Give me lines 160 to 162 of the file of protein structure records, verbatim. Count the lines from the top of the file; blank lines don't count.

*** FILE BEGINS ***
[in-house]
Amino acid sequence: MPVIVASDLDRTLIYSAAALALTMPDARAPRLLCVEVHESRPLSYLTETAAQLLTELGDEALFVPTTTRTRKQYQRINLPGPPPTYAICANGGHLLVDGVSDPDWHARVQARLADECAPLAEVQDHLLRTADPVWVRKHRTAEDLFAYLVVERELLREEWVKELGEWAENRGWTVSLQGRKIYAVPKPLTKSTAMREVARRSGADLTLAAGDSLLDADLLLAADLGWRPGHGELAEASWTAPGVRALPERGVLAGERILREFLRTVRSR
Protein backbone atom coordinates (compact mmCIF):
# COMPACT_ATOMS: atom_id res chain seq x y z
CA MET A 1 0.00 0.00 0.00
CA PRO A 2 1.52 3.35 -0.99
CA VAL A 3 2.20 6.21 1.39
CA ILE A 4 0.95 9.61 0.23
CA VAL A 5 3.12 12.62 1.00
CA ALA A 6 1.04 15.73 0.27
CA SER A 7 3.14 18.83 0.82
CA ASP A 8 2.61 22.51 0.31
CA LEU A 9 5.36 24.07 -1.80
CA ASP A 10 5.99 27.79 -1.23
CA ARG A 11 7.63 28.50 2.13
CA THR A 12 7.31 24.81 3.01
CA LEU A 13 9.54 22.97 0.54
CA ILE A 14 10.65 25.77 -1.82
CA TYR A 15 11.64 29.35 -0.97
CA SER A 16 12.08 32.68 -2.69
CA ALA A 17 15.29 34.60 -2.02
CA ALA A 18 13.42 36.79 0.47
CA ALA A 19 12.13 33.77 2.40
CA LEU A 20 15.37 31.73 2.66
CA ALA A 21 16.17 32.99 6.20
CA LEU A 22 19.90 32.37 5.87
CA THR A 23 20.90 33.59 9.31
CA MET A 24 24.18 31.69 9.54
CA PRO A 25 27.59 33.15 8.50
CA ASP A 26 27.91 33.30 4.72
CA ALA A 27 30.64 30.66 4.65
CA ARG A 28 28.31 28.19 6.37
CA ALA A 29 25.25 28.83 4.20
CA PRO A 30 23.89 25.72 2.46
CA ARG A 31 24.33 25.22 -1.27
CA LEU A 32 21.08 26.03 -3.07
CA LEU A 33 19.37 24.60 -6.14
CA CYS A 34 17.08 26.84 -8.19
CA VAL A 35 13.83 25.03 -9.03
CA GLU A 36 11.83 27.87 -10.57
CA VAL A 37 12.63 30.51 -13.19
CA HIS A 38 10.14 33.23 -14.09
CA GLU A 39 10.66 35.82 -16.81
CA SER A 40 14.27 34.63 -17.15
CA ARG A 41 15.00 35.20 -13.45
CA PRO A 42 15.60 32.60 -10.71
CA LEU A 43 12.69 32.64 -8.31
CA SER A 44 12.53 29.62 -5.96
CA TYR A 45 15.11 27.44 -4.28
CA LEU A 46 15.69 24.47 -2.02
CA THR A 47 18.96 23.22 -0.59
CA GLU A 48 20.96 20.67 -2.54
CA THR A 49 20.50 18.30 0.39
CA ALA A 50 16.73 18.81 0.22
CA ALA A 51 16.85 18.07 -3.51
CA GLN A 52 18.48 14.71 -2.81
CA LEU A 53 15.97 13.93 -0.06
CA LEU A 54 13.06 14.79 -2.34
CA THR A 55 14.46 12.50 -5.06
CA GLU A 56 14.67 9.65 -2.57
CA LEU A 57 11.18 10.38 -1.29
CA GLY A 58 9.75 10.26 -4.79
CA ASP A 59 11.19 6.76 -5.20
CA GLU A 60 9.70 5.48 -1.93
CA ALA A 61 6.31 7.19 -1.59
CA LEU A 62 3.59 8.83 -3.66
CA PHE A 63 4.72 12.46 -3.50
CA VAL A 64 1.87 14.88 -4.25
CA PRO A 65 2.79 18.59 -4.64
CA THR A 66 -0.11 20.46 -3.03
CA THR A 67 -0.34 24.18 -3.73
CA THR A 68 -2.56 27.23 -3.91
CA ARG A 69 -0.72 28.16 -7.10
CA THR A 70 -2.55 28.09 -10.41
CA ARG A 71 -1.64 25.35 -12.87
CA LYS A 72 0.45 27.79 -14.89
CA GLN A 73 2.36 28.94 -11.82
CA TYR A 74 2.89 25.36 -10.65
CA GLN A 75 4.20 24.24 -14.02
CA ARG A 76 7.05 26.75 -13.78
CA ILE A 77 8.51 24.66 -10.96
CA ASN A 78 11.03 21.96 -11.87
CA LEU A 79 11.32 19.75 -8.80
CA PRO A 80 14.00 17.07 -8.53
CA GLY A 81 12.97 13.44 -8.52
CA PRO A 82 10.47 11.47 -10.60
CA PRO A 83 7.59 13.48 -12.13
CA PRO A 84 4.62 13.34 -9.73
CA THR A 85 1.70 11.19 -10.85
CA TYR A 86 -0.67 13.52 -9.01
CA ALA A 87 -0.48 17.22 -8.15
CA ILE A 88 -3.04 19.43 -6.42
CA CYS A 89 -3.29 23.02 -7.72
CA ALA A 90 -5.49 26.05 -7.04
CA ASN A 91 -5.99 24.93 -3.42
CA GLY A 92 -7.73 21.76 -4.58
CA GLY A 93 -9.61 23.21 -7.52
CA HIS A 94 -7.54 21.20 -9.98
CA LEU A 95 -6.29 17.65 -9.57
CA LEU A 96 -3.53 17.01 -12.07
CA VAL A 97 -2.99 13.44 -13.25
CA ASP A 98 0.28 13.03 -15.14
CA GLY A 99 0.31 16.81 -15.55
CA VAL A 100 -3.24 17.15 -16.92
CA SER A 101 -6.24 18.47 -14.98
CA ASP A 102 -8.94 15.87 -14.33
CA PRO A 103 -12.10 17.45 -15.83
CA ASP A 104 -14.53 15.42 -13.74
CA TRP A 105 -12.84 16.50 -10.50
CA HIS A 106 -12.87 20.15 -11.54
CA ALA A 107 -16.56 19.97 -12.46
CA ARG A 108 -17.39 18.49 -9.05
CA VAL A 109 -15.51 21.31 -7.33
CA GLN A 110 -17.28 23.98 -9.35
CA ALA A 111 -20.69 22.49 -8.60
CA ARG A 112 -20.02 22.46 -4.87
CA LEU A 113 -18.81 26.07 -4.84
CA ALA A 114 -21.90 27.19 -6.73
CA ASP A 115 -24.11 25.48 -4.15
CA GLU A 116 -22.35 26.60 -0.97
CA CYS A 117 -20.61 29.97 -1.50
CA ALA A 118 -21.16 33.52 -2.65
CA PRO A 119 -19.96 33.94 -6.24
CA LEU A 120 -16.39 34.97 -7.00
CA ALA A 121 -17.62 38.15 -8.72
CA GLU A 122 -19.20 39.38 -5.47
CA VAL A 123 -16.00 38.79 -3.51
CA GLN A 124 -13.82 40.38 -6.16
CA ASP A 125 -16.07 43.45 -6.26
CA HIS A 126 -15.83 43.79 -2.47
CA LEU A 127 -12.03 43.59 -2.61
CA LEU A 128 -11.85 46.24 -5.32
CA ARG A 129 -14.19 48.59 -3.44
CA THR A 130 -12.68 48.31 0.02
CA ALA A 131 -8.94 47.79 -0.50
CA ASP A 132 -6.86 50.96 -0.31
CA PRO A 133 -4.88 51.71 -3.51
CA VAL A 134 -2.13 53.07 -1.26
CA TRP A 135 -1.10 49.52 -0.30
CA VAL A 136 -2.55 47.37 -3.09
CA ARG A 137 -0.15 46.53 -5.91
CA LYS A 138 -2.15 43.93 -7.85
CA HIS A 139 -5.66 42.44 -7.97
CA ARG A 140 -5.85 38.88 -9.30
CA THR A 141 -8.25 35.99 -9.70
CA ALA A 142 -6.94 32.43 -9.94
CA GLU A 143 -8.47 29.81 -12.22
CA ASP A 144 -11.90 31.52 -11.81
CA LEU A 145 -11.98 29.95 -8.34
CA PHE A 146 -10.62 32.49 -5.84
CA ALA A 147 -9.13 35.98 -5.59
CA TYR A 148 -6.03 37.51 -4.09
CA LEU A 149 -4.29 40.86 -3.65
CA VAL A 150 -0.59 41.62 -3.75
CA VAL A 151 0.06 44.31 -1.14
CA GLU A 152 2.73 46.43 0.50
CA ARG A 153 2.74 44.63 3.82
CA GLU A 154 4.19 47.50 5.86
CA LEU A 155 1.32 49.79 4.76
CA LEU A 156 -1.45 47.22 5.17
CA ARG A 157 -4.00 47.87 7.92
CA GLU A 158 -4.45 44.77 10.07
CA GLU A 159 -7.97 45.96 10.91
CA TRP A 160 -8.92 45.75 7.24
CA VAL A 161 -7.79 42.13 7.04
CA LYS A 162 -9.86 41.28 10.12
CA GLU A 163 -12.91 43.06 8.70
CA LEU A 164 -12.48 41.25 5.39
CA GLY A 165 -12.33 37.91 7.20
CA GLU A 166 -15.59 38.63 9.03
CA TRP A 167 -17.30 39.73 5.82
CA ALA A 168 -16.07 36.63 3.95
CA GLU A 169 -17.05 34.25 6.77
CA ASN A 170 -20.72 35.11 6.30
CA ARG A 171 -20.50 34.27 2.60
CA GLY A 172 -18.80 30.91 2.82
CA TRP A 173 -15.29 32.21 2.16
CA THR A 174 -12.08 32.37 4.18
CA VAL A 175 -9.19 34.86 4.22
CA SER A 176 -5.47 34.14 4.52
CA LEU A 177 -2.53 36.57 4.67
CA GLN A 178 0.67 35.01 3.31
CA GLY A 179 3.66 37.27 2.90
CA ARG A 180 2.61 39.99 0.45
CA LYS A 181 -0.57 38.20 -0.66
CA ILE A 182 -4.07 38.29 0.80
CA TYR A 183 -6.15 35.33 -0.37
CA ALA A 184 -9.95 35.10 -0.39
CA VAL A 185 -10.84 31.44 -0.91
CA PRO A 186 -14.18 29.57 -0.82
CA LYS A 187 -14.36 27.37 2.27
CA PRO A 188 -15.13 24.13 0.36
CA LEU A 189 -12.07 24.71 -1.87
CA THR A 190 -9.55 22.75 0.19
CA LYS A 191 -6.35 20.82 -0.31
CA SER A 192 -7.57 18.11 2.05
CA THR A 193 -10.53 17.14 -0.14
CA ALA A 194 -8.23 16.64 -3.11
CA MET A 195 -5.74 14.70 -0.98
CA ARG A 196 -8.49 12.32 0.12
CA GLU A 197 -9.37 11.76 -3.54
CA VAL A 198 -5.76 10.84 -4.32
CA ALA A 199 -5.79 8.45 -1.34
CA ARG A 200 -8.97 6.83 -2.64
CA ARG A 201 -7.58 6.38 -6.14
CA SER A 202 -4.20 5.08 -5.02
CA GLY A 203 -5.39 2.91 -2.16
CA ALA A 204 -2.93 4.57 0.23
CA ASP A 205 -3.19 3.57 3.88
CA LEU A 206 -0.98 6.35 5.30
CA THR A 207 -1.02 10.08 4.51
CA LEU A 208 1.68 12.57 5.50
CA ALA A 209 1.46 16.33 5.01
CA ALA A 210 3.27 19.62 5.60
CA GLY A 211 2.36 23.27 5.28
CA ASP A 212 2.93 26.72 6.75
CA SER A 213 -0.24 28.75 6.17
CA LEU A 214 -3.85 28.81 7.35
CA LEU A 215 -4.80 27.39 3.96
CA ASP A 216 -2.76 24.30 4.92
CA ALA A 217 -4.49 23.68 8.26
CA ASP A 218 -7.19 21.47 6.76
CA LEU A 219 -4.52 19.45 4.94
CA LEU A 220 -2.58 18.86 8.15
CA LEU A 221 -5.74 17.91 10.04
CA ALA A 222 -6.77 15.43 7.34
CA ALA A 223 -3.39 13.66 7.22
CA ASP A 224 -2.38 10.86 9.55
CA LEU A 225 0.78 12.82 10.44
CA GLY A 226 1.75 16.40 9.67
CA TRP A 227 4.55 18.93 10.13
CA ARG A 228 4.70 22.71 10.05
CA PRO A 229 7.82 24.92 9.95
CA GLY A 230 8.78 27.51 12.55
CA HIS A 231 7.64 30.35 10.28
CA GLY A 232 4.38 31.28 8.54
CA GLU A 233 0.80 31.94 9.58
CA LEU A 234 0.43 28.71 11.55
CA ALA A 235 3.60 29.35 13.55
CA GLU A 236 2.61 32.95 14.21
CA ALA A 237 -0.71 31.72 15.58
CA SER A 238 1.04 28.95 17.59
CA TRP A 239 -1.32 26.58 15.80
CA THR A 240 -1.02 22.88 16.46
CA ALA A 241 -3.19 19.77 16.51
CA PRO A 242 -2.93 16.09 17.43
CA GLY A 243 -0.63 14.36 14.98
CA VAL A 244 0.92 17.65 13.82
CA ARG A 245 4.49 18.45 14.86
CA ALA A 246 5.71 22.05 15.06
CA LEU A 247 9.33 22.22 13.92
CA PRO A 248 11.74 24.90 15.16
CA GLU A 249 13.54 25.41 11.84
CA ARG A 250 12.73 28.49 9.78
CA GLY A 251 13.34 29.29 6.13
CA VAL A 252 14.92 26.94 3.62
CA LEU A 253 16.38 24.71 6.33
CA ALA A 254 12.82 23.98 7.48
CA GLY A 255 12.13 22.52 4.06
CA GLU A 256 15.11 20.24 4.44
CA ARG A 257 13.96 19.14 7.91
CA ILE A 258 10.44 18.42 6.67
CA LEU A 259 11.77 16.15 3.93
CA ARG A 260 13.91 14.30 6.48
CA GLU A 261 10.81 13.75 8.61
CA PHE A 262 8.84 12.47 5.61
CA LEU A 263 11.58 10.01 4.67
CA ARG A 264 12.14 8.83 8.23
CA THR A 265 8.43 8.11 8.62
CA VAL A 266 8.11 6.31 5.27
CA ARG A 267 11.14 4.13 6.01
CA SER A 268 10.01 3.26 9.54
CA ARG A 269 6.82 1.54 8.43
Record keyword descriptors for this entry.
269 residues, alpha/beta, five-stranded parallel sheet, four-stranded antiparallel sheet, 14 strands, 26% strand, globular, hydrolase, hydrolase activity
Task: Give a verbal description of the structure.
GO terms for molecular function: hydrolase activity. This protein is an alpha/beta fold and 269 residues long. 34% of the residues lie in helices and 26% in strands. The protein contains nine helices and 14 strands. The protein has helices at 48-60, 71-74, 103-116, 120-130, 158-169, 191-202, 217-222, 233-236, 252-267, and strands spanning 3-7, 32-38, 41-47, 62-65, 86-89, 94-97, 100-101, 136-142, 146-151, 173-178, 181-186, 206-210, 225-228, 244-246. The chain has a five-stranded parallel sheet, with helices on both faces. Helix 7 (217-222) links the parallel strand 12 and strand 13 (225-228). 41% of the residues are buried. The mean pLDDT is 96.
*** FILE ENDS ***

CA LEU A 156 -1.45 47.22 5.17
CA ARG A 157 -4.00 47.87 7.92
CA GLU A 158 -4.45 44.77 10.07